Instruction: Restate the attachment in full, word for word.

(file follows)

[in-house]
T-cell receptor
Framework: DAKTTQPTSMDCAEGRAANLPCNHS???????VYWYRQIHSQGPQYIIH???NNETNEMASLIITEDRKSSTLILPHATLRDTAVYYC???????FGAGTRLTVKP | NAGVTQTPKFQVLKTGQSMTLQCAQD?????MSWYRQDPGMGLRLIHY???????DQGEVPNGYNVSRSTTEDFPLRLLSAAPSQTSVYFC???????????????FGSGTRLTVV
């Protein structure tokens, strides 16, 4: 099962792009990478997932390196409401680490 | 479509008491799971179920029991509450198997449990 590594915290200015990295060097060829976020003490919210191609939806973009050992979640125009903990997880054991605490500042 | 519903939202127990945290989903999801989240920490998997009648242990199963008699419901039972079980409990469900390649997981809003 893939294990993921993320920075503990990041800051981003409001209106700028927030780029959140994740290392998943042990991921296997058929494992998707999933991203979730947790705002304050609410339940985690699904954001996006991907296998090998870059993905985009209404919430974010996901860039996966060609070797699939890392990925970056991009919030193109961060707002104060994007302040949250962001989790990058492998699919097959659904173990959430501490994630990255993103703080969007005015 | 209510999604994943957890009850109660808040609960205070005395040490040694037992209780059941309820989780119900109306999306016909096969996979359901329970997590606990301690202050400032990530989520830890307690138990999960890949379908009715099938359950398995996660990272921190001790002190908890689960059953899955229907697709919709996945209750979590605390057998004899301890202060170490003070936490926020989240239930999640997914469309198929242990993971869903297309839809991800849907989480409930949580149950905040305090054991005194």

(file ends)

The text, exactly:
[in-house]
T-cell receptor
Framework: DAKTTQPTSMDCAEGRAANLPCNHS???????VYWYRQIHSQGPQYIIH???NNETNEMASLIITEDRKSSTLILPHATLRDTAVYYC???????FGAGTRLTVKP | NAGVTQTPKFQVLKTGQSMTLQCAQD?????MSWYRQDPGMGLRLIHY???????DQGEVPNGYNVSRSTTEDFPLRLLSAAPSQTSVYFC???????????????FGSGTRLTVV
């Protein structure tokens, strides 16, 4: 099962792009990478997932390196409401680490 | 479509008491799971179920029991509450198997449990 590594915290200015990295060097060829976020003490919210191609939806973009050992979640125009903990997880054991605490500042 | 519903939202127990945290989903999801989240920490998997009648242990199963008699419901039972079980409990469900390649997981809003 893939294990993921993320920075503990990041800051981003409001209106700028927030780029959140994740290392998943042990991921296997058929494992998707999933991203979730947790705002304050609410339940985690699904954001996006991907296998090998870059993905985009209404919430974010996901860039996966060609070797699939890392990925970056991009919030193109961060707002104060994007302040949250962001989790990058492998699919097959659904173990959430501490994630990255993103703080969007005015 | 209510999604994943957890009850109660808040609960205070005395040490040694037992209780059941309820989780119900109306999306016909096969996979359901329970997590606990301690202050400032990530989520830890307690138990999960890949379908009715099938359950398995996660990272921190001790002190908890689960059953899955229907697709919709996945209750979590605390057998004899301890202060170490003070936490926020989240239930999640997914469309198929242990993971869903297309839809991800849907989480409930949580149950905040305090054991005194």